The best and worst products to prevent mosquito bites

The fear over mosquitoes that could be carrying Zika or West Nile virus is leading to huge sales of bug repellents, but some work better than others.

There was an over 300 percent increase in repellent sales in April compared to April of last year, according to research firm 1010data.

Expectant Dayton mother of three, Cat Chase, said she’s trying not to be scared about Zika carrying mosquitoes, but her doctor recommended she use products with DEET.

“It was a surprise because I didn’t’ think it was as prevalent here in the U.S., but I think every one is just using it to be on the safe side,” Chase said.

DEET products are also the choice of Public Health Dayton and Montgomery County.

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“We are recommending anything with 25 percent or above DEET in your product. I’ve seen some as low as nine percent. I’ve seen some as high as 98 percent, so there’s a wide range in there,” said Dan Suffoletto, public information supervisor at Public Health Dayton and Montgomery County.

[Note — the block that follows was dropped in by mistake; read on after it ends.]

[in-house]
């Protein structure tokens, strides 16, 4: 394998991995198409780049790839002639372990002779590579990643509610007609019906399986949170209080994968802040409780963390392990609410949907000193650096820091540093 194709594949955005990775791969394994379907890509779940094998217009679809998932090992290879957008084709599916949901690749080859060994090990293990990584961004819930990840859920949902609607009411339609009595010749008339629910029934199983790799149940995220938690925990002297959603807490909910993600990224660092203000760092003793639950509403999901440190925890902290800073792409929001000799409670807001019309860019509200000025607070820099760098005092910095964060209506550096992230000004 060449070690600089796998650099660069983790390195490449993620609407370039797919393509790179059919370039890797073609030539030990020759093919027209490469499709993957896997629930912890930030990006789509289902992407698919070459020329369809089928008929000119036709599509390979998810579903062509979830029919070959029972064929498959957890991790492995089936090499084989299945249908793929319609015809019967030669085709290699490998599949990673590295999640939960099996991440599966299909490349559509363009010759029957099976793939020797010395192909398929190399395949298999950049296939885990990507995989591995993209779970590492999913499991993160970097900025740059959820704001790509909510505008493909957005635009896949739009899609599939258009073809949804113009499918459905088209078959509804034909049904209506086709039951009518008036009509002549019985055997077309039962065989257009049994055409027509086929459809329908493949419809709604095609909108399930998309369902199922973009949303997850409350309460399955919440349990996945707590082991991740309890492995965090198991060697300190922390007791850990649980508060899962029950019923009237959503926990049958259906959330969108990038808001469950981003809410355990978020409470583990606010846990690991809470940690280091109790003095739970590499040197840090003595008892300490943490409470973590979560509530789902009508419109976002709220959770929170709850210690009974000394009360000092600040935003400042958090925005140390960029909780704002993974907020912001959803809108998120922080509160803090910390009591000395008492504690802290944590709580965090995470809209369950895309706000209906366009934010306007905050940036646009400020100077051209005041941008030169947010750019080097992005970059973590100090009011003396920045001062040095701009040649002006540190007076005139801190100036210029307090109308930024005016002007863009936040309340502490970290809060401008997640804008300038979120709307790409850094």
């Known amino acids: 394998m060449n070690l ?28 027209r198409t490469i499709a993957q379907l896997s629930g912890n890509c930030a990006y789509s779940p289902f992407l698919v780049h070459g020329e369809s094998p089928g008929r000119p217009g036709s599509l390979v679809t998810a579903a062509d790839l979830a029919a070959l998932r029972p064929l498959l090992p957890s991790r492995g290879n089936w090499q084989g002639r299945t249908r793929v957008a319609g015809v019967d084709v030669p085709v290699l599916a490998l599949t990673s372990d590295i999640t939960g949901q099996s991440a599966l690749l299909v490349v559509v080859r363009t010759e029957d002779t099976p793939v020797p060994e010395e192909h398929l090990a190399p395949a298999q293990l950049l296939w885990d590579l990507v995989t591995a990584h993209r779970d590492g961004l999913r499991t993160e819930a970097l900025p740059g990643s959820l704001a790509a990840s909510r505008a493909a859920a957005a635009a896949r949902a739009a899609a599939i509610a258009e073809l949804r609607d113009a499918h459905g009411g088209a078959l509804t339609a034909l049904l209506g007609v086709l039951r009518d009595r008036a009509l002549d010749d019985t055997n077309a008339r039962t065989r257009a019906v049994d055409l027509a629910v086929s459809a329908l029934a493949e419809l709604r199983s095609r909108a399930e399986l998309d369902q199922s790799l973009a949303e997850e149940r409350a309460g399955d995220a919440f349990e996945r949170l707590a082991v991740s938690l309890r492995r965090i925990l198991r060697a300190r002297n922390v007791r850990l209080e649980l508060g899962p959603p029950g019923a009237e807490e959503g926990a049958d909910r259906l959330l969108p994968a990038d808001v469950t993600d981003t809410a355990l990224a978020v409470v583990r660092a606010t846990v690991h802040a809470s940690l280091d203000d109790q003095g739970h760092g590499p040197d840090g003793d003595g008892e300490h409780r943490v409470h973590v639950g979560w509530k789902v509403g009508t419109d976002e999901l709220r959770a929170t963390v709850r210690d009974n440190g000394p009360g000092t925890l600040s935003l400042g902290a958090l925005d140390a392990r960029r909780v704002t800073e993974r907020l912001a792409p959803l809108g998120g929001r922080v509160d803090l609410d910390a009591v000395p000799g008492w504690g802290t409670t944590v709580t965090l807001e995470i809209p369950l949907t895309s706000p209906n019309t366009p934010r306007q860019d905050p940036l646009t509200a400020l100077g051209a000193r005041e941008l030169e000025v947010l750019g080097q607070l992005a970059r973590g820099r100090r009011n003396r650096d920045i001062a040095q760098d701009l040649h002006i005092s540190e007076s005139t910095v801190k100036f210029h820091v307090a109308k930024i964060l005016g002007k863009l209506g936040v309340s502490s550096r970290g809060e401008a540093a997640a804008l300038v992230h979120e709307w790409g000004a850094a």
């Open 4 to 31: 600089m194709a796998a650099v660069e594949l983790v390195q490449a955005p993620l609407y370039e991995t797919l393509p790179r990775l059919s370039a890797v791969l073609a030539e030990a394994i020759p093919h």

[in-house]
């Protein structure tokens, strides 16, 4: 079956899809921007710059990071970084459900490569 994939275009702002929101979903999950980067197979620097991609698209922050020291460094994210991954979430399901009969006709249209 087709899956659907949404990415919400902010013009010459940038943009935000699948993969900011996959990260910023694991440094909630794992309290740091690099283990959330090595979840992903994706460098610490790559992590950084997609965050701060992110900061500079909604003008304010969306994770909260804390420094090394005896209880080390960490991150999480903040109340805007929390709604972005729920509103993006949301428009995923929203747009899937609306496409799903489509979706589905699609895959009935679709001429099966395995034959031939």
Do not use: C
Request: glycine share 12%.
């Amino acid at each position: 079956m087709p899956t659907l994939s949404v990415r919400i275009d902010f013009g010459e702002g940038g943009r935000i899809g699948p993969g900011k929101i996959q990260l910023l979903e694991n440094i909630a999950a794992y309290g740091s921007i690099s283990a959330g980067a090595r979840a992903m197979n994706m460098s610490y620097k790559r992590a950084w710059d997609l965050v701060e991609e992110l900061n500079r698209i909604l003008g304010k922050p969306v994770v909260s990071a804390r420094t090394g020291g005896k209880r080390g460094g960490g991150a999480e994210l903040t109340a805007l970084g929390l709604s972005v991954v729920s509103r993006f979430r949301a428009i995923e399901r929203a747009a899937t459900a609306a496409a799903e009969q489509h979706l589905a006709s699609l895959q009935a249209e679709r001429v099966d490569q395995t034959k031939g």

The top three mosquito repellents rated excellent by Consumer Reports are Sawyer Pump spray, Ben’s Wilderness Formula aerosol spray, and Repel lemon eucalyptus pump spray.

Clip-ons, citronella candles, and backyard treatments don’t work so well, according to Suffoletto.

“A yard fogger won’t be as effective as putting it on your skin because your skin is being protected right at the source of where the mosquito is going to go to,” said Suffoletto.

Also, be wary of wearable wrist bands.

This week, The FTC announced a $300,000 settlement with the maker of Viatek Mosquito Shield Bands for failing to have scientific support to back up their claims that the product prevented mosquito bites.

As for applying bug spray, Suffoletto recommends putting on sunscreen first, then spraying an even coating of repellent on any exposed skin.

A fan placed outside can also work wonders, Suffoletto said.

“It will prevent you from having mosquitoes flying in your area because mosquitoes are not good strong fliers,” said Suffoletto.

Rachel Murray is a WHIO-TV consumer reporter. You can watch her reports on News Center 7, follow her on Twitter @RMurrayWHIO, and like her fan page on Facebook.

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